Valuable content can include blog posts (your blog and third-party content), community and government resources, educational graphics or infographics and safety tips. Take advantage of relevant holidays, especially financial related observances. This can include Teach Your Child to Save Day, Financial Literacy Month and Tax Day reminders. You can find a list of holidays and unique observances here.
Show your bank’s human side. Acknowledge staff anniversaries or promotions. Share photos and videos of events held at the bank. These are the posts that get the most likes. Employees will react to photos of themselves and their colleagues, and followers pay more attention to these as well. Sharing photos of your employees at community volunteer events may help build your financial brand as well. Your CRA team works hard to make sure your FI is supporting the communities in your assessment area. Share those efforts!
If you’re using Facebook and LinkedIn, share others’ posts, so followers can see that you value others’ content. If you’re using Twitter, retweet someone. Your purpose on social media is to engage with the community. You don’t want to appear too self-promoting. It is also worth noting that having a social media policy in place is a must-do. Among other things, it can define who can post on behalf of your organization, including the approval process for original and shared content.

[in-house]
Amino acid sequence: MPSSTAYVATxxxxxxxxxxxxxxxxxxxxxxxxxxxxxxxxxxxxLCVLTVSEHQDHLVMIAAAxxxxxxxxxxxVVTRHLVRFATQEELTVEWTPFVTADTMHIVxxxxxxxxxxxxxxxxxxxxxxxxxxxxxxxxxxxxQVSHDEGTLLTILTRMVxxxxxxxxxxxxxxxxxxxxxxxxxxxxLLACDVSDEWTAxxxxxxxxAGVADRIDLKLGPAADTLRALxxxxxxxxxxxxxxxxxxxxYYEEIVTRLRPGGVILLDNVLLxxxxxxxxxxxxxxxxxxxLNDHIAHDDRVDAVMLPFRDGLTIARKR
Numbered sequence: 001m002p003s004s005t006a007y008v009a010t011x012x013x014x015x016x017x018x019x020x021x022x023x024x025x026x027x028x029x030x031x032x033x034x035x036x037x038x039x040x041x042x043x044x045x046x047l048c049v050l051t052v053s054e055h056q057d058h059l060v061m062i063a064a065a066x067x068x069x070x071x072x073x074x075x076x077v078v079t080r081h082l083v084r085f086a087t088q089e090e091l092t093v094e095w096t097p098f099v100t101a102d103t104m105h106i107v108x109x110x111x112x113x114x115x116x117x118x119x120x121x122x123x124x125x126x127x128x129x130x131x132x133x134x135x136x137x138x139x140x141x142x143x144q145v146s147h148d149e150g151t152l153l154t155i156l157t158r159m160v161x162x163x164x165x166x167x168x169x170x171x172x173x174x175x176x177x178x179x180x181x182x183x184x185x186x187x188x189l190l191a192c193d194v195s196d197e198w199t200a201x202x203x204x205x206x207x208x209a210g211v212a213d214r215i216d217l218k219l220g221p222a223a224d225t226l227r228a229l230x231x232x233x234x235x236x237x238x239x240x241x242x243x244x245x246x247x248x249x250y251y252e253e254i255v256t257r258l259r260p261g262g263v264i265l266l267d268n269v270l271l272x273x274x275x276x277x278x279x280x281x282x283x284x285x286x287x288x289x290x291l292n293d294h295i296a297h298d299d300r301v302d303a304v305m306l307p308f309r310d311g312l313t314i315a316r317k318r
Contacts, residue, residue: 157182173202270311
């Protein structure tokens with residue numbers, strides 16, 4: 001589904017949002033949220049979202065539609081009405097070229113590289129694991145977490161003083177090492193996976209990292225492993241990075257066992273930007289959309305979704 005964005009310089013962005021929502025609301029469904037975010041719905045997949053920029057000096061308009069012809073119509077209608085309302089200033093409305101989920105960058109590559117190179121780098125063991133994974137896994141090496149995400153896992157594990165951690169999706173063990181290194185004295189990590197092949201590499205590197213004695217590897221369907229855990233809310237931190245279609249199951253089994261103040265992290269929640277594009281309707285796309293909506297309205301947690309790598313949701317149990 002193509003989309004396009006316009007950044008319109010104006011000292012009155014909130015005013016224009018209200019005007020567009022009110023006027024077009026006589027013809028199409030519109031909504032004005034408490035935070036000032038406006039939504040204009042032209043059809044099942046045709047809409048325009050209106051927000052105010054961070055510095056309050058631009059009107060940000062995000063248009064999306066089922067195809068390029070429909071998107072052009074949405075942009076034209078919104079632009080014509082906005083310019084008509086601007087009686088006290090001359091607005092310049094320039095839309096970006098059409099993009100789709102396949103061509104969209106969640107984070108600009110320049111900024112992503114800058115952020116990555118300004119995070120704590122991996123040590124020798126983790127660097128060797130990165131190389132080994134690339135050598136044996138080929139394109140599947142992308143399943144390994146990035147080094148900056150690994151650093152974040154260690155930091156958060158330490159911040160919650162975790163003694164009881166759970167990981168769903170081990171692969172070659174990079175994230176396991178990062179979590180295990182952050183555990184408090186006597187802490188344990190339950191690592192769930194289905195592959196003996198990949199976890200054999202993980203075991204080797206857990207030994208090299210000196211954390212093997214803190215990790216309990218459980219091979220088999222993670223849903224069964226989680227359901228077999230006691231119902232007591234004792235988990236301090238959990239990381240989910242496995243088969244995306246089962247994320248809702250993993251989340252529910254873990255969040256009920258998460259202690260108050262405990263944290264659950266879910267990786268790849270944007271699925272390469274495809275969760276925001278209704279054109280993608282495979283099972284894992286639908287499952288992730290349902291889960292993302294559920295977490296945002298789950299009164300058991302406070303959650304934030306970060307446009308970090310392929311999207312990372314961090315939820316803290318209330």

What to post where
As mentioned above, Pinterest is great for infographics, and TikTok and Youtube are solid choices for your videos. All of the items discussed in the previous section are great for Facebook, LinkedIn and Twitter. There are some posts that you might want to share on Facebook but not LinkedIn. For example, we mentioned holidays and observances. It might be fun to post a cute graphic on Facebook acknowledging National Cupcake Day, but you might not want to share that on LinkedIn, as that platform is considered more of a professional destination.
Any images you share on Facebook can be posted on Instagram. Instagram may also be an option for infographics. Keep in mind that Instagram is primarily a mobile social media platform, so you will want to use graphics that are legible on a mobile device. It’s also a safe bet that any of your Facebook posts can go on Twitter as well. However, you may want to consider two to three tweets for your more important pieces. Posts have a shorter life on Twitter, so if you want your blog post to be seen, consider sharing it two to three times. Space these tweets out at least once per week.
Twitter isn’t the only place to reuse content. If you have written excellent blog posts and created engaging videos, you should absolutely use them more than once. Share your old blog posts on a regular basis. An old post about how to create a budget is a great tie into Financial Literacy Month. Break down large infographics into smaller “tips” that you can share on Instagram. Edit your videos to appeal to different audiences or fit different platforms. You can share your Youtube videos to Facebook and edit them for Instagram and TikTok. You can also share your TikTok videos on Instagram.
Create a calendar
The key to a smooth and effective social media strategy is a social media calendar. When you develop a calendar, you can ensure you have a nice mix of engaging and informative content, in addition to your promotional posts. You can space things out to avoid consistently posting on the same day of the week or time of day.